Union membership drops in Tennessee as legislature considers putting right to work laws in state constitution

Signs for and against unionization are in a roundabout along Volkswagen Drive in front of the Volkswagen plant Friday, June 14, 2019, in Chattanooga, Tennessee. / Staff file photo
Signs for and against unionization are in a roundabout along Volkswagen Drive in front of the Volkswagen plant Friday, June 14, 2019, in Chattanooga, Tennessee. / Staff file photo

The number of Tennessee workers belonging to labor unions fell last year by nearly 13% despite an overall gain in employment across the Volunteer State, cutting the share of unionized workers in Tennessee to the 6th lowest rate among all states, according to government figures released Wednesday.

The U.S. Bureau of Labor Statistics said 135,000 private-sector workers in Tennessee were members of labor unions in 2019, or 20,000 fewer than the previous year. The losses for organized labor reduced the share of unionized workers in the private sector in Tennessee from 5.5% of all workers in 2018 to only 4.6% of the workforce last year.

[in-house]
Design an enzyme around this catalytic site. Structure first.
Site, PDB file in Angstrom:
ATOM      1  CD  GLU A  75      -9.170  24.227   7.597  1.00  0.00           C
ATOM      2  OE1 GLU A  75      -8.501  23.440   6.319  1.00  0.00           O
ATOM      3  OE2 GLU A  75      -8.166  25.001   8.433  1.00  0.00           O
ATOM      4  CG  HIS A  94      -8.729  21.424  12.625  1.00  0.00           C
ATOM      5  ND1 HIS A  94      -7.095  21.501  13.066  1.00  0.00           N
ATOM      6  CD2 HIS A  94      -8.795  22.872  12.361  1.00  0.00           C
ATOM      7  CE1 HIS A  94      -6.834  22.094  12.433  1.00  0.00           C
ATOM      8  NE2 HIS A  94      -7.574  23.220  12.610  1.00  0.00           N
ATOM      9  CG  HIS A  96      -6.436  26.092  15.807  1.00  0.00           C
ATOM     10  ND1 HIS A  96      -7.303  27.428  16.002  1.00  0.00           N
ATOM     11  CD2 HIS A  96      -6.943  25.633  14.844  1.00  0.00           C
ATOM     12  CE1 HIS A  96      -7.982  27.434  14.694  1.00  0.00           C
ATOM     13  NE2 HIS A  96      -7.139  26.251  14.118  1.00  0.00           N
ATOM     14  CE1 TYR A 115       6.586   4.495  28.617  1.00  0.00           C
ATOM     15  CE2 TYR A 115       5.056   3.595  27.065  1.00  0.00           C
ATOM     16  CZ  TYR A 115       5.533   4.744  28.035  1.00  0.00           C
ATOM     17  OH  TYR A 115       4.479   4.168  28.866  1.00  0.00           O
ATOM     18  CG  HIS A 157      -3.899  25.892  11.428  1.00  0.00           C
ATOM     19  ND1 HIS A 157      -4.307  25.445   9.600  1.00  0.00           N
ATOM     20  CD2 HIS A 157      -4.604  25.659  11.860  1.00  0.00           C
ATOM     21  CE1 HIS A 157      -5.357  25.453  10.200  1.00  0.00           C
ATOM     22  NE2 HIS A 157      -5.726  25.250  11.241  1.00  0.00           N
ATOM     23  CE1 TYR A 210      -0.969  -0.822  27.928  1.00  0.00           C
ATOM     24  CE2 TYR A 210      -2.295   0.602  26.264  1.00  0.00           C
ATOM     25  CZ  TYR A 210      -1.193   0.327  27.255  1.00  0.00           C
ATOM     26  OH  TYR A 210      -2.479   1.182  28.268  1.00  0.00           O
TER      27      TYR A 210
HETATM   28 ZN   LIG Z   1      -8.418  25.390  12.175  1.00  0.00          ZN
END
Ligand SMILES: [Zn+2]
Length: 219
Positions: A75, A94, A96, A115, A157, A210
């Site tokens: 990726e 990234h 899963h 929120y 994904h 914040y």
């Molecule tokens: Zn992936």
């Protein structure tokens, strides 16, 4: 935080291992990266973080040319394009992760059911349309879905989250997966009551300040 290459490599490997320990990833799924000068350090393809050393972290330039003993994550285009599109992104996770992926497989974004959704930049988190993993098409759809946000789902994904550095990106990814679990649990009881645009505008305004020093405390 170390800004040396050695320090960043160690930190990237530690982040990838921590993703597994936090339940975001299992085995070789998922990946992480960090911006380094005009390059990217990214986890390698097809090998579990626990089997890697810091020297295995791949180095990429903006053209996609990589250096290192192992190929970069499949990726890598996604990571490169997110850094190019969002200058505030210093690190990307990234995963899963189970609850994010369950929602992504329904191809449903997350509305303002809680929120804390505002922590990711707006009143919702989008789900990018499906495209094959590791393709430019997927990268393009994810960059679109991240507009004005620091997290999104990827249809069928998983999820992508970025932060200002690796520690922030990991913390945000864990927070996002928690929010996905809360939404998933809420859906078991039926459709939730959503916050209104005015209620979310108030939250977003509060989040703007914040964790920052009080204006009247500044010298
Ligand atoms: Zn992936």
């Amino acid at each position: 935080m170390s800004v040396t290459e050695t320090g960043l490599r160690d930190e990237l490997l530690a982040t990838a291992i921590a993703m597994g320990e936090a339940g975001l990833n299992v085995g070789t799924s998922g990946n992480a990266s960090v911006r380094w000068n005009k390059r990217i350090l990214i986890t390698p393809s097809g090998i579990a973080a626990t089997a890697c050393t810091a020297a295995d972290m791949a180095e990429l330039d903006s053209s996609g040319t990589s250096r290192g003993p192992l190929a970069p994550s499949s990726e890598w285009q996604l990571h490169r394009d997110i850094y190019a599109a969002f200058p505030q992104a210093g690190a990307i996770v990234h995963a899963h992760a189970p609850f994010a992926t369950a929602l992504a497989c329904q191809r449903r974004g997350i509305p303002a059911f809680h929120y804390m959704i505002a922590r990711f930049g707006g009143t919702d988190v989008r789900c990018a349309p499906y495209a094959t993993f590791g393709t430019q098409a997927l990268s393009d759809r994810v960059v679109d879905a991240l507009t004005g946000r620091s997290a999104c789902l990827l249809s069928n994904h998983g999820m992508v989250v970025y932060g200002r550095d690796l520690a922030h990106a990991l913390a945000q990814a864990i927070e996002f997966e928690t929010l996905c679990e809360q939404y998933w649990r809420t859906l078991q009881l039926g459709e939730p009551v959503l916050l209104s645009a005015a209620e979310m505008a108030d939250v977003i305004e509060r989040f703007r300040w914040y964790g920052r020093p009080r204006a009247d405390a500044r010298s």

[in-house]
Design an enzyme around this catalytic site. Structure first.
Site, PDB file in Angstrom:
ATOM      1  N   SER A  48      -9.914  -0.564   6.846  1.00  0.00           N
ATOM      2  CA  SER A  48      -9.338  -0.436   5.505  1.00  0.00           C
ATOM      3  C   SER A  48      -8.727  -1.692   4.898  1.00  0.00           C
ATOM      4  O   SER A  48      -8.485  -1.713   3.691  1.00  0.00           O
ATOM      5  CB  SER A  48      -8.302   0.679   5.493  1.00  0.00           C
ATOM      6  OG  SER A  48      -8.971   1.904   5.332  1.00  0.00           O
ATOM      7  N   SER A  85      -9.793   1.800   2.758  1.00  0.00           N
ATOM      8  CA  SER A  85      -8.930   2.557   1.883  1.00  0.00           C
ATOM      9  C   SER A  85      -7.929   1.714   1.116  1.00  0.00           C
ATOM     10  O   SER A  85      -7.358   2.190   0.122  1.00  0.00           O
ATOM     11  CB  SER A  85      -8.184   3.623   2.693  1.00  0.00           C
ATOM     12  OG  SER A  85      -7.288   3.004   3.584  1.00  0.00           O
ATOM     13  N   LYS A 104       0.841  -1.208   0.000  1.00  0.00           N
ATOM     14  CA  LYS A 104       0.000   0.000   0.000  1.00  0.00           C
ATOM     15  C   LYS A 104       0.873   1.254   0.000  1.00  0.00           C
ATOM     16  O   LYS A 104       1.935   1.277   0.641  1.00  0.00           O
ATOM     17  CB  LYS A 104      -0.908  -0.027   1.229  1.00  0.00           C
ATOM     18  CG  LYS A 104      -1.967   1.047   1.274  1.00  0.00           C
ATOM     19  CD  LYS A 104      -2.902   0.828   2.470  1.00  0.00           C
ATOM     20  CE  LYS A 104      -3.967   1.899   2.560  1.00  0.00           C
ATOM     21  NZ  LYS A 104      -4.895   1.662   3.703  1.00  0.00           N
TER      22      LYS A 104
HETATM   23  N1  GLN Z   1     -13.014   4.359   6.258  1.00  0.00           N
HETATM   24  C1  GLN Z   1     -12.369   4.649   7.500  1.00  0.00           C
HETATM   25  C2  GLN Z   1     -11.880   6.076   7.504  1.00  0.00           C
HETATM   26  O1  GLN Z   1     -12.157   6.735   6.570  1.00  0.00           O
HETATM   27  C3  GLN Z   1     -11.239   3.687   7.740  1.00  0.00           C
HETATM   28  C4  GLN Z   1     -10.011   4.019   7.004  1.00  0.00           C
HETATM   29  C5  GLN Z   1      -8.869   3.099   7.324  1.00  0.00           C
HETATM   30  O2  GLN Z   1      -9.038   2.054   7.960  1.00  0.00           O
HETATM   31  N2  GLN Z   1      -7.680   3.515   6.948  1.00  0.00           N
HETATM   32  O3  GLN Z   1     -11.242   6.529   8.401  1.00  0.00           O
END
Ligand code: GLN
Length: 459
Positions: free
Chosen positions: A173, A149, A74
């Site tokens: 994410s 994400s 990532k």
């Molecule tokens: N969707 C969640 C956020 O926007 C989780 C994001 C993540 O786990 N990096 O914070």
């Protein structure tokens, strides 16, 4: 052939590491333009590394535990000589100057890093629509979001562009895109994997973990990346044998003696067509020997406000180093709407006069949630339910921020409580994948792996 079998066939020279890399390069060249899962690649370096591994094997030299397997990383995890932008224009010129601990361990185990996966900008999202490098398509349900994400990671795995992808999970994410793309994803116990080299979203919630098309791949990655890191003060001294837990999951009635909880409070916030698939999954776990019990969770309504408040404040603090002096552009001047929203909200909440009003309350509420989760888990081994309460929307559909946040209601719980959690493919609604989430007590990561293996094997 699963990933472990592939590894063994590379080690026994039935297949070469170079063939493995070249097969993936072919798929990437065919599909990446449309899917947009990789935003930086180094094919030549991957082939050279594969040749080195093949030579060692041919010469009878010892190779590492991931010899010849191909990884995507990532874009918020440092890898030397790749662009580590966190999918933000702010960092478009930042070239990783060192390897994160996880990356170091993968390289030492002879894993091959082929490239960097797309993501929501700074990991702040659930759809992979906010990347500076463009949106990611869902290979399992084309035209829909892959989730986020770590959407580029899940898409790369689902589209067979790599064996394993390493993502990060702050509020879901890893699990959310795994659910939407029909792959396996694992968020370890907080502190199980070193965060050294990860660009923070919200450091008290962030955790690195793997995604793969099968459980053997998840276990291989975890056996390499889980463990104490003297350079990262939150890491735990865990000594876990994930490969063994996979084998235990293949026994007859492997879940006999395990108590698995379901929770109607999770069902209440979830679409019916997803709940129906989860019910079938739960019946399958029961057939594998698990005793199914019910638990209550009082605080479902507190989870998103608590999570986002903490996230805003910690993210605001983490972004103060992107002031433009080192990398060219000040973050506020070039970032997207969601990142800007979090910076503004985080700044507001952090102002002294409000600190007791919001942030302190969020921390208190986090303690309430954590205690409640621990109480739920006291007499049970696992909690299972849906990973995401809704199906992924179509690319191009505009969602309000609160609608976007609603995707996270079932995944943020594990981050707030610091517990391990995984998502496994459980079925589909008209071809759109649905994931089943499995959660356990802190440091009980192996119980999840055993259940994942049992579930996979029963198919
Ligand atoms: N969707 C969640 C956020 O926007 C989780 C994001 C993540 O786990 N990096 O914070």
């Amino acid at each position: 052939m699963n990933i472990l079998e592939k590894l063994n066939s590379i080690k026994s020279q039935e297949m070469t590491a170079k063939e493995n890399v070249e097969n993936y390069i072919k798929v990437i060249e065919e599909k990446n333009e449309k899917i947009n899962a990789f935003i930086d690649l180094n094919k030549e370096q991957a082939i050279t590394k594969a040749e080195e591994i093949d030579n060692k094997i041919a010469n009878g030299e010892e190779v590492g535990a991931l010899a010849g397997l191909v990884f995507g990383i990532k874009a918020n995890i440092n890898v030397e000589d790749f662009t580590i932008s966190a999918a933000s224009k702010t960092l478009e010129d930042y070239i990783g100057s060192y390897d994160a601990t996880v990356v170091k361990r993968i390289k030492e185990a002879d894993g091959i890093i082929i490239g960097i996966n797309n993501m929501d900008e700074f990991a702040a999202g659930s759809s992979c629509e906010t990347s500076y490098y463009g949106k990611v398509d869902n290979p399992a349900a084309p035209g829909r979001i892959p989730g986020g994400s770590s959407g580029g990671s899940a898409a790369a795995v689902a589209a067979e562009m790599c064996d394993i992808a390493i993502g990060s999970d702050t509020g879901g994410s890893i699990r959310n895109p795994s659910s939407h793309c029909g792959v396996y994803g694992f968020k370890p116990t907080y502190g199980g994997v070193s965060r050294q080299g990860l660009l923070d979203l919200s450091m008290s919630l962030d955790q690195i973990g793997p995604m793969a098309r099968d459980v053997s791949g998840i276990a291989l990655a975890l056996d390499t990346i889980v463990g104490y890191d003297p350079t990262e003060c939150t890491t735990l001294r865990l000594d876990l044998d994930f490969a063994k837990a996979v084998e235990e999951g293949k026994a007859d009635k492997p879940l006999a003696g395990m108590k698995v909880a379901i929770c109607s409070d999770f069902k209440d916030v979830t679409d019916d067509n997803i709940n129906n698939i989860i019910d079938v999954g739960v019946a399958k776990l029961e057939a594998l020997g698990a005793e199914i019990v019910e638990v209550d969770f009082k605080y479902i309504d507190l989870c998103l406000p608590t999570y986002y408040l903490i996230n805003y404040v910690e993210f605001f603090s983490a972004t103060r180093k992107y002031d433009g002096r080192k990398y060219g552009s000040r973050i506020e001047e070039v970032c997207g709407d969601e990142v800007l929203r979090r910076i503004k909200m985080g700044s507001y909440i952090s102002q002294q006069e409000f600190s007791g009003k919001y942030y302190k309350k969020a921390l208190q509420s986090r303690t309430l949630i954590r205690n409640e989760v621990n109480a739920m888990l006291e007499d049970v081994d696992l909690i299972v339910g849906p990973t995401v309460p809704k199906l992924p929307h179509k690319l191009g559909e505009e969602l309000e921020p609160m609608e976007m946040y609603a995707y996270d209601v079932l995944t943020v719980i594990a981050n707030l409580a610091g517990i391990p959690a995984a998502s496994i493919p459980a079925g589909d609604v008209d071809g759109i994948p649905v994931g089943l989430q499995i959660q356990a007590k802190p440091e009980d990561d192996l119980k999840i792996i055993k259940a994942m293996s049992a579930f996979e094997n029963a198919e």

"In the South, it is a tough row to hoe for us, but I do think we've seen some positive signs, especially in helping with the building trades and some of the apprenticeship programs we have in local school systems in our bigger cities," said Billy Dycus, president of the Tennessee AFL-CIO. "I think the view of labor unions is more positive now than it has been in while."

Nonetheless, despite an uptick in union rolls in Tennessee following the Great Recession, the BLS said the number of Tennesseans belonging to labor union still dropped over the past two decades by nearly 39%, or 85,000 workers. The decline in Tennessee mirrors a nationwide drop for organized labor, which shed 3.1 million members since 1983 to cut its share of the workforce from more than 20% in 1983 to 10.3% last year.

The United Auto Workers last spring mounted the biggest organizing campaign of the year in Tennessee to try to represent hourly workers at the Volkswagen plant in Chattanooga. But VW workers voted 833-776 against joining the UAW, the second defeat for the Detroit-based union at the Volkswagen plant in five years.